Focusing on clinicians who receive high cumulative payments under Medicare Part B could be a useful means of identifying possible improper payments, according to a recent report issued by the Office of Inspector General of the Department of Health and Human Services (OIG). 

OIG reached this conclusion after determining that out of 303 clinicians—defined as physicians, nurse practitioners, and physician’s assistants—who each furnished more than $3 million in Part B services during CY 2009, Medicare Administrative Contractors (MACs) and Zone Program Integrity Contractors (ZPICs) identified 104 of these clinicians (34 percent) for improper payment reviews.  As of December 31, 2011, the MACs and ZPICs had completed reviews of 80 of these 104 clinicians and had identified $34 million in overpayments.

Based on these findings, OIG made two recommendations to CMS.  First, OIG recommended that CMS establish a cumulative payment threshold—taking into consideration costs and potential program integrity benefits—above which a clinician’s claims would be selected for review.  Second, OIG recommended that CMS implement a procedure for timely identification and review of clinicians’ claims that exceed the cumulative payment threshold.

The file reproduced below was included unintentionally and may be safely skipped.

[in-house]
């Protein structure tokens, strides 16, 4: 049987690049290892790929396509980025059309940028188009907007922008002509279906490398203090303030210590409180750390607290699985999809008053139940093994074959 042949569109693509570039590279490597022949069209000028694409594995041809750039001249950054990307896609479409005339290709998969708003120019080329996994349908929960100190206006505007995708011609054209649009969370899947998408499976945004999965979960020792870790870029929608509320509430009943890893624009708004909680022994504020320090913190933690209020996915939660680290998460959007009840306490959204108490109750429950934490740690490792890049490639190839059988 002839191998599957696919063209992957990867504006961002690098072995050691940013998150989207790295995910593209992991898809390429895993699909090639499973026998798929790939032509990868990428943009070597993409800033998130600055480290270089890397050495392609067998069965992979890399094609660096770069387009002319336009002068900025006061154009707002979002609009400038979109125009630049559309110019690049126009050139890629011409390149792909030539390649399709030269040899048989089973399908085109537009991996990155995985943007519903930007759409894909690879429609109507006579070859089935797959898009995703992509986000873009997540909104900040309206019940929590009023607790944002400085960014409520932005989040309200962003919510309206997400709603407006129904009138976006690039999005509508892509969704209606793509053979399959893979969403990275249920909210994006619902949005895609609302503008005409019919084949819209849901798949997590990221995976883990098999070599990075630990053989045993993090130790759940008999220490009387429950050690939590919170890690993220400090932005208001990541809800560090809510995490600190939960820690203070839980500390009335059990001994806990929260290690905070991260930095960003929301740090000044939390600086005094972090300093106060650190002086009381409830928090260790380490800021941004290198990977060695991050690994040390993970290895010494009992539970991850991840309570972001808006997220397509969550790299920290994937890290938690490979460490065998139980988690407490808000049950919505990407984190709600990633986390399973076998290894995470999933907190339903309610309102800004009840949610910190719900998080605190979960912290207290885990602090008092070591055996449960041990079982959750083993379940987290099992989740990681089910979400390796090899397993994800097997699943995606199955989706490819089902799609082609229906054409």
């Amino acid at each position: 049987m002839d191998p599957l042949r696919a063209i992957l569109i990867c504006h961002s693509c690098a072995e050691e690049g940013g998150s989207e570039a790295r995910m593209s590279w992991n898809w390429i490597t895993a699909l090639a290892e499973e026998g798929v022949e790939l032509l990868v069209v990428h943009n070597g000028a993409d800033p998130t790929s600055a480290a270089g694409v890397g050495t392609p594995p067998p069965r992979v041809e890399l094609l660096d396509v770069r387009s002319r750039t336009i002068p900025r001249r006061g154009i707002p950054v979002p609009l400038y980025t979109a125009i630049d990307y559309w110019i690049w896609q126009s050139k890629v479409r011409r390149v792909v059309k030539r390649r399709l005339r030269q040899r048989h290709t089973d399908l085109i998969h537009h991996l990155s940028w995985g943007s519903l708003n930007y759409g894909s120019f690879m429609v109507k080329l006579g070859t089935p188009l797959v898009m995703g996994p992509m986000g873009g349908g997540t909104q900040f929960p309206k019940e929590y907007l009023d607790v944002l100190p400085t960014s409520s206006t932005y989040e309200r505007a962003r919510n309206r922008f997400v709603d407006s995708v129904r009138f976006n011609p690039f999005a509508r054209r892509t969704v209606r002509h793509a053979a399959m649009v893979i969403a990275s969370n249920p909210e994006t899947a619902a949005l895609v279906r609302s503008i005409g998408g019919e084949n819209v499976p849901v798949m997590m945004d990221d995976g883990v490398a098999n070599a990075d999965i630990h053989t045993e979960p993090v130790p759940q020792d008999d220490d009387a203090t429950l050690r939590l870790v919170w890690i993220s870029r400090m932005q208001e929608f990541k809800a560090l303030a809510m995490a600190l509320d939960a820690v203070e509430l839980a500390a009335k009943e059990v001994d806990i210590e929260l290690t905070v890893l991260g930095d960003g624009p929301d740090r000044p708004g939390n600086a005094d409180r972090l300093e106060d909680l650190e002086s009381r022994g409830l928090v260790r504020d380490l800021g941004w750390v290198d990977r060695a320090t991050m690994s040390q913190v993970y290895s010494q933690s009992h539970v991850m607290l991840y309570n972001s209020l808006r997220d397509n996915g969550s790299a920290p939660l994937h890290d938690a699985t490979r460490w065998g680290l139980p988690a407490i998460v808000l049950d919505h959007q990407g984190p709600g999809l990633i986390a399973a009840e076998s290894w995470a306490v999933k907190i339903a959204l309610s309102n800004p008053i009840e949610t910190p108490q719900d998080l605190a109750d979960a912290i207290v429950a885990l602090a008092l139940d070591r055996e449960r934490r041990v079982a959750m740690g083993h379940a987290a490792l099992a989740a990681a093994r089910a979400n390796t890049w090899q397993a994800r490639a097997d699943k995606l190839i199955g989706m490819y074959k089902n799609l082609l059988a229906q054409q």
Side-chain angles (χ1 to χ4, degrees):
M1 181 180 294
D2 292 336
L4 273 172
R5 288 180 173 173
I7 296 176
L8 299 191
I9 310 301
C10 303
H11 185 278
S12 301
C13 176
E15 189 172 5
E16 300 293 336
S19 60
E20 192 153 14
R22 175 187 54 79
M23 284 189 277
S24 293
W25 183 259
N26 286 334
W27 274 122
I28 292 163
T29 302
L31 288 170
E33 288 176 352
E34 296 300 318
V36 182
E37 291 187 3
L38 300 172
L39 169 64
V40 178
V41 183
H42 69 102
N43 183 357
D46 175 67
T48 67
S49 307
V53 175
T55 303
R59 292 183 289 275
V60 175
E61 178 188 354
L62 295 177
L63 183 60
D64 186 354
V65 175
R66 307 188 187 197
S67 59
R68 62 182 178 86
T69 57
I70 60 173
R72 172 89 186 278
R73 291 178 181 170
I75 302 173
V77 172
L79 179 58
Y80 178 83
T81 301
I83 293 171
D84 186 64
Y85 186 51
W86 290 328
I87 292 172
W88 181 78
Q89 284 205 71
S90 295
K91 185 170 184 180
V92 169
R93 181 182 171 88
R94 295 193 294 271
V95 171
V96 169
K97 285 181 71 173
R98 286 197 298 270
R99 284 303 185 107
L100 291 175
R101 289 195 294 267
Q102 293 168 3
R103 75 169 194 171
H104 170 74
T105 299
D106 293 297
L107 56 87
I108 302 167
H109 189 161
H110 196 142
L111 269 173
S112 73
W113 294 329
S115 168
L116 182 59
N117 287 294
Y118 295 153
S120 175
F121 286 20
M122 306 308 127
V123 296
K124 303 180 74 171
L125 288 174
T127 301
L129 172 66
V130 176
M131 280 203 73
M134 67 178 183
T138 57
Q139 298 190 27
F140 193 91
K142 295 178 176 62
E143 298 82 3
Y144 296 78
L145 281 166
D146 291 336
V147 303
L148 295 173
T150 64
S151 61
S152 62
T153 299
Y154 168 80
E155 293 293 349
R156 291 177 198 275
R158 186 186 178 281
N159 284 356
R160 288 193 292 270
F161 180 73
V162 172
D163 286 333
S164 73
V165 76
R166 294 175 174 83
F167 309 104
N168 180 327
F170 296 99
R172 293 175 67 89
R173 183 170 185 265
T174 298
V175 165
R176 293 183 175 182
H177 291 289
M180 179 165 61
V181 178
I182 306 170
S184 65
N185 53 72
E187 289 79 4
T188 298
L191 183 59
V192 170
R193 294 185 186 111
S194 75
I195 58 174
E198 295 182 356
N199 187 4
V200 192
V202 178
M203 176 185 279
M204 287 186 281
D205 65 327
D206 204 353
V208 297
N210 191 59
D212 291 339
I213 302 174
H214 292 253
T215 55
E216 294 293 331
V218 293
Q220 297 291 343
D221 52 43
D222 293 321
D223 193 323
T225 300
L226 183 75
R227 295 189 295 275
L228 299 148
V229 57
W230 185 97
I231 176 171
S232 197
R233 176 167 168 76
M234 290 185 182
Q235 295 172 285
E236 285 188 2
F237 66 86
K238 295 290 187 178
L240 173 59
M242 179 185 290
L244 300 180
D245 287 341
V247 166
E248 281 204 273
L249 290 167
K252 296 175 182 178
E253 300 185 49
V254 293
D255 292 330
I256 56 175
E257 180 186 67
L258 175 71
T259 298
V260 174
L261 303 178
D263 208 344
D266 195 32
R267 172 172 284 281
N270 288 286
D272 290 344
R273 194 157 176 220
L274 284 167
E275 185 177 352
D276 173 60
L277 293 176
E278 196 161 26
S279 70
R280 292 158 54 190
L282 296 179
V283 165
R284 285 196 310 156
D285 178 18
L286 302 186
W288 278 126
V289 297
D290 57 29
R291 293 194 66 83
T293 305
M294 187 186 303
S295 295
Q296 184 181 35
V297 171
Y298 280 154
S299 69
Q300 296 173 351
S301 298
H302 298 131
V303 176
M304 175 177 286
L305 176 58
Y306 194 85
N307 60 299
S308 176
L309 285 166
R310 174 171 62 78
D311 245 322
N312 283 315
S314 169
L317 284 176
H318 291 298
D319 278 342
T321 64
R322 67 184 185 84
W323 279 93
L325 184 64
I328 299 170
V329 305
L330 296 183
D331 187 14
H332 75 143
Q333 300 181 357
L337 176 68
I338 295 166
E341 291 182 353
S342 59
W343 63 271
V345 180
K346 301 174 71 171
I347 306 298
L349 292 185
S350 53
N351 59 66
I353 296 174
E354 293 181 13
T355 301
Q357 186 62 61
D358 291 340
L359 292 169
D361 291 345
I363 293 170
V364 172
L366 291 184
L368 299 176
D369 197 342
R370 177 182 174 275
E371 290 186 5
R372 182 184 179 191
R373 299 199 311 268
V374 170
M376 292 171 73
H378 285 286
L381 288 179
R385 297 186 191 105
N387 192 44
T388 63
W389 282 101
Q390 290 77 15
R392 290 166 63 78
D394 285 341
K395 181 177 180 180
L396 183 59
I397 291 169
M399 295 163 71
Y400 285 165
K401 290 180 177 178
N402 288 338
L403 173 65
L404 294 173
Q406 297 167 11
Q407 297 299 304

In response to OIG’s first recommendation, CMS stated that it would work with its contractors to research and develop an appropriate cumulative payment threshold that considers costs and potential benefits when determining which claims and providers should be selected for review. CMS also stated that in developing any thresholds, it would consider other factors, including service type and provider specialty, to “inform the appropriate threshold levels.” In response to OIG’s second recommendation, CMS stated that it would develop a procedure for the timely identification and review of clinicians’ claims that exceeded the cumulative payment threshold on the basis of the results of its research and OIG’s review.  CMS acknowledged that reviewing claims from providers with high cumulative payments could be a valuable screening tool and that it is one of many factors MACs consider when deciding to place a provider or supplier on manual medical review.

Review OIG’s report by clicking here.